Matrix organization is capable of handling large amounts of information. This is a result of interactions among the organizational department. Consequently, the managers, as well as the human resources, have information to make an informed decision and take the least time to access the required information. Whenever there are challenges different departments are able to make adjustments to overcome barriers. Problem-solving takes the shortest time when information is shared. The human resources together with the managers increase their knowledge after sharing information. As a result, the human resources become informed and knowledgeable as individuals. The individual becomes experienced and can demonstrate their capabilities.
The motivation of the employees is another benefit according to Michael et al (1994, p. 325). Employees get the opportunity to develop in their careers when they engage in different projects. Human resources tend to work well in different projects of the organization. They become responsible and capable of making their own decisions.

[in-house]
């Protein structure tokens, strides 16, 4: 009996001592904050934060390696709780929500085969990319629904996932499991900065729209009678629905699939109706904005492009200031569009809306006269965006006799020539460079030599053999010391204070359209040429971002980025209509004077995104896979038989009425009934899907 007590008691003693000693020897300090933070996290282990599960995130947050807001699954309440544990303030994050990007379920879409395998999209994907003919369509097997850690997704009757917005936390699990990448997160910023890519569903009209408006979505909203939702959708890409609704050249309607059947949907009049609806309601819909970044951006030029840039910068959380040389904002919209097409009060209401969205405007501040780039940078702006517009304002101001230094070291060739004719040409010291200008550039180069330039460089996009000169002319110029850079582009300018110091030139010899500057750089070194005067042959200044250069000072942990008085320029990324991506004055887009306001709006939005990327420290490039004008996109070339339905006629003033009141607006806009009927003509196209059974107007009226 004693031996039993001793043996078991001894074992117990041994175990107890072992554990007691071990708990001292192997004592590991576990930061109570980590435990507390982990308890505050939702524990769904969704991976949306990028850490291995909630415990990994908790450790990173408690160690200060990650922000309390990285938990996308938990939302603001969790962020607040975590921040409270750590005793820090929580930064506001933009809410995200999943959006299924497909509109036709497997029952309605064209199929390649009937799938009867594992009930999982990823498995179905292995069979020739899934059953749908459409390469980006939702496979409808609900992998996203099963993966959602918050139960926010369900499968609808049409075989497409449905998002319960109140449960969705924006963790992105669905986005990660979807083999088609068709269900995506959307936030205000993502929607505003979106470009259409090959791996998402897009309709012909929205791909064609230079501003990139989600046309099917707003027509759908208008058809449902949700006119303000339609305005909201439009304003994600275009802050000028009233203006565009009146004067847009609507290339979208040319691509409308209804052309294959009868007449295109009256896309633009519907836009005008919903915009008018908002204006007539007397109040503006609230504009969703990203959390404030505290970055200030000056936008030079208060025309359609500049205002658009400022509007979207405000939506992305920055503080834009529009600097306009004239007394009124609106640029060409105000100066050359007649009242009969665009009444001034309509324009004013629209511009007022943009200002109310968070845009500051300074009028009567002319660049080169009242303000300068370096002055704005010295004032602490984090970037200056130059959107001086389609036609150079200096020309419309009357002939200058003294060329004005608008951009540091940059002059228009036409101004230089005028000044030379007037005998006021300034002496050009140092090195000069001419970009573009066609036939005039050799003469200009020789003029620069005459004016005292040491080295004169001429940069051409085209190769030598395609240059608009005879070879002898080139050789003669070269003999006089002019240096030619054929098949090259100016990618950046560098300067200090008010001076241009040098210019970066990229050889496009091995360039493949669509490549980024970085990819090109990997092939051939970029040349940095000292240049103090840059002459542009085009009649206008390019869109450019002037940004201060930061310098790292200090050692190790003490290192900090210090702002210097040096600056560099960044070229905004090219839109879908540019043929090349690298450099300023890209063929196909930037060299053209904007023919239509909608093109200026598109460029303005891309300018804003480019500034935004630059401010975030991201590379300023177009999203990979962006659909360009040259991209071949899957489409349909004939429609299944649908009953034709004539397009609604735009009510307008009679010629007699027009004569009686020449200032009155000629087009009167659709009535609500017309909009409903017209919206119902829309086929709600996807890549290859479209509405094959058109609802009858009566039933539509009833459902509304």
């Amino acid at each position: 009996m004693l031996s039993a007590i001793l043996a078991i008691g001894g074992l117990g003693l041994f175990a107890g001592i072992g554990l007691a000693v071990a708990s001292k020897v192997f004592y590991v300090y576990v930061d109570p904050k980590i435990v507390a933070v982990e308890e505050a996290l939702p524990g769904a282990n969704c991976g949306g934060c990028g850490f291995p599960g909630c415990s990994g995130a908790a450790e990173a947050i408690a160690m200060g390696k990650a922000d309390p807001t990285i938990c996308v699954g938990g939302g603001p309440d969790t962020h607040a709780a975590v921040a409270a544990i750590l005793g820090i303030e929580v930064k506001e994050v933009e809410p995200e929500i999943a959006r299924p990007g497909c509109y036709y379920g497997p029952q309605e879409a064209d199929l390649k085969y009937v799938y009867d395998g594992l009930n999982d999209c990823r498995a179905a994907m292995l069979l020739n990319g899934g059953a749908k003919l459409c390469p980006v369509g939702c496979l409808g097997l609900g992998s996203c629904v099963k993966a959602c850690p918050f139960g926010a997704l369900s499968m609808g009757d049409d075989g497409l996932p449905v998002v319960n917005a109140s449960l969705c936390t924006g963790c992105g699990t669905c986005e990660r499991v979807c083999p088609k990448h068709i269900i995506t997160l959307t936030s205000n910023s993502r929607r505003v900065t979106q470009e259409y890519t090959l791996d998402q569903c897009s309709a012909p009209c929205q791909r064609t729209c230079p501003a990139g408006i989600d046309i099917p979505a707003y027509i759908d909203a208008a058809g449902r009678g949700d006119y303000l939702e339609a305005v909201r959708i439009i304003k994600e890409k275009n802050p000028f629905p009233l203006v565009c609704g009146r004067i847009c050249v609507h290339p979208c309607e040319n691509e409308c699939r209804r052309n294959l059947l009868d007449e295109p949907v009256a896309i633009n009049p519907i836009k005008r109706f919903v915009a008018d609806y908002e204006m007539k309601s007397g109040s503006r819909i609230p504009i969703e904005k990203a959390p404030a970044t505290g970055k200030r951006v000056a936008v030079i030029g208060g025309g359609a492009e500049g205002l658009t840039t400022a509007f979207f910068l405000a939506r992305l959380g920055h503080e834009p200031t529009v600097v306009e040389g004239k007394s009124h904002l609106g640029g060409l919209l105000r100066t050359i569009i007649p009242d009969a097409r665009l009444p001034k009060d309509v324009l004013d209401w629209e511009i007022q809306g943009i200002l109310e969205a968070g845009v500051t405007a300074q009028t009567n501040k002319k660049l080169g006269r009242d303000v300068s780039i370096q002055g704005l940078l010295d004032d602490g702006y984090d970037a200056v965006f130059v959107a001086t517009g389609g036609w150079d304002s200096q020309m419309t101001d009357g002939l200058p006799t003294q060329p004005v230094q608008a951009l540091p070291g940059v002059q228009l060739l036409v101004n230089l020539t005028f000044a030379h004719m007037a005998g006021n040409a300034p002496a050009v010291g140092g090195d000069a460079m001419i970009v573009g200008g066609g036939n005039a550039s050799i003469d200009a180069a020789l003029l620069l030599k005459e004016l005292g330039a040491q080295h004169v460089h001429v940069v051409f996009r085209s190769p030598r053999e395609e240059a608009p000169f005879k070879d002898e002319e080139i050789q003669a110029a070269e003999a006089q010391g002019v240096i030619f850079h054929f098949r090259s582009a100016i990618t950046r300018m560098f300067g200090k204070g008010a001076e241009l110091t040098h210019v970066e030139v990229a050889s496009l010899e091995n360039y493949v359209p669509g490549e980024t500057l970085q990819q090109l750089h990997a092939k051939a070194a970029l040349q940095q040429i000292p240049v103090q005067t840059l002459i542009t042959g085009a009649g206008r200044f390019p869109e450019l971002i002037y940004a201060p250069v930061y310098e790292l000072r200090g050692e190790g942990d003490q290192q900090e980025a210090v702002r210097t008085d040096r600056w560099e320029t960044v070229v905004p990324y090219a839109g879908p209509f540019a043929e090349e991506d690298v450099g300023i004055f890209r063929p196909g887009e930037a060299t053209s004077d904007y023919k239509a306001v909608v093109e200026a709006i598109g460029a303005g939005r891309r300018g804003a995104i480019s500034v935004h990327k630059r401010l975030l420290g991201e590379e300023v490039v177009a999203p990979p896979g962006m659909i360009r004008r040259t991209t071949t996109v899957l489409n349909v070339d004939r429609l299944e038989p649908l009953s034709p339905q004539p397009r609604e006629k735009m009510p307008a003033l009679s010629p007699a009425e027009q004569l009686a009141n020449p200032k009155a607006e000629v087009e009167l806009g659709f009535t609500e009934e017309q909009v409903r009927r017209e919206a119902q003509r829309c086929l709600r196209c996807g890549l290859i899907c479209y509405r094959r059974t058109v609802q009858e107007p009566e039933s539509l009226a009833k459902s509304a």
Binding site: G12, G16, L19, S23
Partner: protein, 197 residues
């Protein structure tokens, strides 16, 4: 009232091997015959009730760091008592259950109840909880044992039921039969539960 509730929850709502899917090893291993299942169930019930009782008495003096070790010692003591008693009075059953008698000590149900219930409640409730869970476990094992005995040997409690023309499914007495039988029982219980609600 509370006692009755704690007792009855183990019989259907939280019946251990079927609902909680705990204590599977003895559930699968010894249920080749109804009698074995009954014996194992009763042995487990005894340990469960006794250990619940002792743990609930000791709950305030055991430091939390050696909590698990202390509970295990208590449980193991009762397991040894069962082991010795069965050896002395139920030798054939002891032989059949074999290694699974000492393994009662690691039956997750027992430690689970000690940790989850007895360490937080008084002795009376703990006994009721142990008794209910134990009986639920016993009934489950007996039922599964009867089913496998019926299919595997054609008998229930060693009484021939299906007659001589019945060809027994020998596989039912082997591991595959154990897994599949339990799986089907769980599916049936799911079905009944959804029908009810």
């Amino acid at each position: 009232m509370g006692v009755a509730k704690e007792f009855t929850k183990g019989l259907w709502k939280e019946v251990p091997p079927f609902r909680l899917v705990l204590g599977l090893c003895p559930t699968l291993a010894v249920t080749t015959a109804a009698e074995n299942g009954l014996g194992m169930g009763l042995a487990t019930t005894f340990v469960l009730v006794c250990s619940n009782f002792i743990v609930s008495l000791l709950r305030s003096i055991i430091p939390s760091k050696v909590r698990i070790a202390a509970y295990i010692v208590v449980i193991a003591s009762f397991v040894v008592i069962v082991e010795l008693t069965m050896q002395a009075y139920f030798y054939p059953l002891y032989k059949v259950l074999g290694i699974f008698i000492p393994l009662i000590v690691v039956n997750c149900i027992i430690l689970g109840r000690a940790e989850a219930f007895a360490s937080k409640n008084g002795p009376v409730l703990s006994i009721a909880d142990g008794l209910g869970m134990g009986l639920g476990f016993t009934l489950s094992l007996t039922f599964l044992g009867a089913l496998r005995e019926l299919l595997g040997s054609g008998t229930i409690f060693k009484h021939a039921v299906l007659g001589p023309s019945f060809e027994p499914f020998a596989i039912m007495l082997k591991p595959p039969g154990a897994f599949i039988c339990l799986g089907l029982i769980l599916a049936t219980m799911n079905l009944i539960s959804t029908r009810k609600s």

Matrix organizations have the advantage of providing adequate solutions for complex problems in the organization. Performance is high with quality outcomes. The approach leads to excellent outcomes as human resources use available knowledge and resources to attain the organizational goal.
Challenges of a matrix
Organizations have a great challenge of how power is shared as the project manager and the functional managers struggle to remain powerful. Sharing power complicates the human resources administration. Human resources dislike reporting to two bosses. Other resources in the organization may end up in disputes if the managers have strong differences in defining their responsibilities. Some decisions concerning promotion and human resources assignments may be difficult to make.